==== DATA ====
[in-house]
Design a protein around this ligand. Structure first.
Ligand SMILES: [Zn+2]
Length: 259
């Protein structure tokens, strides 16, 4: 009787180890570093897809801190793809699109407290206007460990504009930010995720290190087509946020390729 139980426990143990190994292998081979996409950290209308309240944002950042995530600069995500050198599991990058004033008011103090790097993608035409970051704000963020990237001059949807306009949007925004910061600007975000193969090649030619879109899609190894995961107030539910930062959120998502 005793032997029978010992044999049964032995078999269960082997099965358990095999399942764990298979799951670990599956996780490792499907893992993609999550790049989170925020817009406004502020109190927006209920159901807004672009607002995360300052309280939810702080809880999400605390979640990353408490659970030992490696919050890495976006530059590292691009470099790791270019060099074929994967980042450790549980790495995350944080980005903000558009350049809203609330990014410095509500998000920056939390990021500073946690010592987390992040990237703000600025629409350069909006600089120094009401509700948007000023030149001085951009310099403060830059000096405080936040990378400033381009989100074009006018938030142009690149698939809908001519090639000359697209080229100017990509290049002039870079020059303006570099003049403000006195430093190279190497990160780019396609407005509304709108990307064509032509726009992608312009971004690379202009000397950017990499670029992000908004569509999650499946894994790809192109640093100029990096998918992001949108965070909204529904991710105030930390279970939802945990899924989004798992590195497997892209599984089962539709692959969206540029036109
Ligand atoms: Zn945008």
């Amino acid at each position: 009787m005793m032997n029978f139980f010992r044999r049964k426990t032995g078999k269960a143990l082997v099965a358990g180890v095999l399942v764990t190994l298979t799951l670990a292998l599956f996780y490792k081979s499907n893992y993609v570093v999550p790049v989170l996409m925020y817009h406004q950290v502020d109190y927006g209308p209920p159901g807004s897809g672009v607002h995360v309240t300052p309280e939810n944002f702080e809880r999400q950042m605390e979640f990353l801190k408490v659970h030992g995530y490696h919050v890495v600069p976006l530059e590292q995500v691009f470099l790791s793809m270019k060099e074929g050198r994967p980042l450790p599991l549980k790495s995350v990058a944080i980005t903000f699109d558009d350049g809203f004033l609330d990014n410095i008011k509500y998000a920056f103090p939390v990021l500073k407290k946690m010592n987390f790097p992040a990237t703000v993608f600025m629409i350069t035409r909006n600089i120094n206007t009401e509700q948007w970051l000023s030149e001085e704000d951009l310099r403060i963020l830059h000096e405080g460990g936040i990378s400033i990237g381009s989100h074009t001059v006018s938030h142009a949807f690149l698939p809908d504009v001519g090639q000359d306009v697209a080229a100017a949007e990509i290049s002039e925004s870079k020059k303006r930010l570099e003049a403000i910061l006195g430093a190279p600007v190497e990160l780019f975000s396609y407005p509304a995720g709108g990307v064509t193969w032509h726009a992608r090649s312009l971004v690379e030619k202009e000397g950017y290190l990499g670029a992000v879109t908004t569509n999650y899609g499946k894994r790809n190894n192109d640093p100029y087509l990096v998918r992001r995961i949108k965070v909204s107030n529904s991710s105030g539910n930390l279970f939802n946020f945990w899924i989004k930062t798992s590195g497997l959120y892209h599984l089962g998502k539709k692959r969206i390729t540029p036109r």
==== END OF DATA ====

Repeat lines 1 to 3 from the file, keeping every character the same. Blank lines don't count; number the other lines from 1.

[in-house]
Design a protein around this ligand. Structure first.
Ligand SMILES: [Zn+2]